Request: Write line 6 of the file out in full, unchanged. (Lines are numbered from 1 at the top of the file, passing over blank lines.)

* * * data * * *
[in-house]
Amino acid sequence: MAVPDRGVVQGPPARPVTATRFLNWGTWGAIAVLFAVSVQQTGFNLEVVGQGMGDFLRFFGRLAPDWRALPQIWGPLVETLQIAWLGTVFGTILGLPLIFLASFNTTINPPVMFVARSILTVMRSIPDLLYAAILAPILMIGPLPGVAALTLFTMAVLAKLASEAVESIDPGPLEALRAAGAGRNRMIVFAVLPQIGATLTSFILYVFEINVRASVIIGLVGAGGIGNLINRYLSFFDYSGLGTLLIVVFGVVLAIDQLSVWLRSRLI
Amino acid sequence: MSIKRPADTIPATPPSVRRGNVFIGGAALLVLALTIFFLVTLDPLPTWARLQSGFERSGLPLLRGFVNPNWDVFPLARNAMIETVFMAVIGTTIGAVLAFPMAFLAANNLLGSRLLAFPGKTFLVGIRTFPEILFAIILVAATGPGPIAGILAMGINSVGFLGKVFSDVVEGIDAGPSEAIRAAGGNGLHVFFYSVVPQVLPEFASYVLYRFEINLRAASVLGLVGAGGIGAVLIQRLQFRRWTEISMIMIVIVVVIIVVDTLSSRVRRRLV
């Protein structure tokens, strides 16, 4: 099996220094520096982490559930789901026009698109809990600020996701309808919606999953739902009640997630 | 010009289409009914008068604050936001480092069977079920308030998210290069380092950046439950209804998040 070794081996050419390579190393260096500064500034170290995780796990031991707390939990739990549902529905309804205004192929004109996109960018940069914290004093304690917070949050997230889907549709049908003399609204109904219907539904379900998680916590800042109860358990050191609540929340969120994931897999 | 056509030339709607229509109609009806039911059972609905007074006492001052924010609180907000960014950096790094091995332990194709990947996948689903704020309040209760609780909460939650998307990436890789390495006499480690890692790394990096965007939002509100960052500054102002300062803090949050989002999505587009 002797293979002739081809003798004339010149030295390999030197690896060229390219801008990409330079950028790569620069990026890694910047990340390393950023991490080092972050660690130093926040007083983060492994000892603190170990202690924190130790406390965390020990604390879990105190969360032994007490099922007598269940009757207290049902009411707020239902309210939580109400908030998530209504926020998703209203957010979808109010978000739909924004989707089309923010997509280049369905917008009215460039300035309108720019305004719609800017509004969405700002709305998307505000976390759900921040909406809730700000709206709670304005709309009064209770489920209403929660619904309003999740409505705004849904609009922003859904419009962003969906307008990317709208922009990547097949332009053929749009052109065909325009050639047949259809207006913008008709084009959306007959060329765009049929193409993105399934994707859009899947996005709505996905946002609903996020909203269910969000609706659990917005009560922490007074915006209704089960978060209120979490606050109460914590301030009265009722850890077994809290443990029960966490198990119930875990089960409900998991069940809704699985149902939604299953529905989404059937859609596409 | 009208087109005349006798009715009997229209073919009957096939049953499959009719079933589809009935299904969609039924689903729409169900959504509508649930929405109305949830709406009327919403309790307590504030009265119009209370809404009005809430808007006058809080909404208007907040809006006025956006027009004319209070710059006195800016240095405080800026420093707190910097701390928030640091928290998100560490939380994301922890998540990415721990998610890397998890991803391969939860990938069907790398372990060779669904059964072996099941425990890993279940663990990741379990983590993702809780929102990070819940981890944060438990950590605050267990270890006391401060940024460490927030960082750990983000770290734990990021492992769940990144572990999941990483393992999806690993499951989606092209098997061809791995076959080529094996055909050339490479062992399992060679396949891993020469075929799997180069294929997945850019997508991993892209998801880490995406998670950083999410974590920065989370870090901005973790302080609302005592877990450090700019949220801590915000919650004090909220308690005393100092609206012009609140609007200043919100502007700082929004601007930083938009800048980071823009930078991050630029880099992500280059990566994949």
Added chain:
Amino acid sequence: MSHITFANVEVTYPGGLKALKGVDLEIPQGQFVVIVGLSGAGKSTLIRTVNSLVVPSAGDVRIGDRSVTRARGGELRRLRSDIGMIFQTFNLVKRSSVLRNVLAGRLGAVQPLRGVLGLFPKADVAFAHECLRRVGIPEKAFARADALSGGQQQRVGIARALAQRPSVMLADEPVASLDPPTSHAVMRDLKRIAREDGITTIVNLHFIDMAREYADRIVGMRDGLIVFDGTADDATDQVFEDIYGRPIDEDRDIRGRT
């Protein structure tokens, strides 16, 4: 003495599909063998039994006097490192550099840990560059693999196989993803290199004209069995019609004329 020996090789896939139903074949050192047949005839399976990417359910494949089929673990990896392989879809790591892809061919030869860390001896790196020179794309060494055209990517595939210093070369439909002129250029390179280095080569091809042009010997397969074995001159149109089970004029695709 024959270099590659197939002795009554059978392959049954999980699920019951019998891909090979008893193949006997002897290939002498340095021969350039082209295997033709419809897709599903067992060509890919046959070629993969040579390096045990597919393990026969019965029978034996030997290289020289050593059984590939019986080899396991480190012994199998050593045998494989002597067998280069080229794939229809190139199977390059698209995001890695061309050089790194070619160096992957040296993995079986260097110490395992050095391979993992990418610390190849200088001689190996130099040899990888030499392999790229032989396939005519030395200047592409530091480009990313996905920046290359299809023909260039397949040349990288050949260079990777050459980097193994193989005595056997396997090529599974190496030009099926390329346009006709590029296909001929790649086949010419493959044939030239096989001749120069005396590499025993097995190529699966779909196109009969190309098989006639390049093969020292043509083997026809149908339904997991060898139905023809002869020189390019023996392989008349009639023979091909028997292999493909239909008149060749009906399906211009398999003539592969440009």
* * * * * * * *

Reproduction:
Amino acid sequence: MSHITFANVEVTYPGGLKALKGVDLEIPQGQFVVIVGLSGAGKSTLIRTVNSLVVPSAGDVRIGDRSVTRARGGELRRLRSDIGMIFQTFNLVKRSSVLRNVLAGRLGAVQPLRGVLGLFPKADVAFAHECLRRVGIPEKAFARADALSGGQQQRVGIARALAQRPSVMLADEPVASLDPPTSHAVMRDLKRIAREDGITTIVNLHFIDMAREYADRIVGMRDGLIVFDGTADDATDQVFEDIYGRPIDEDRDIRGRT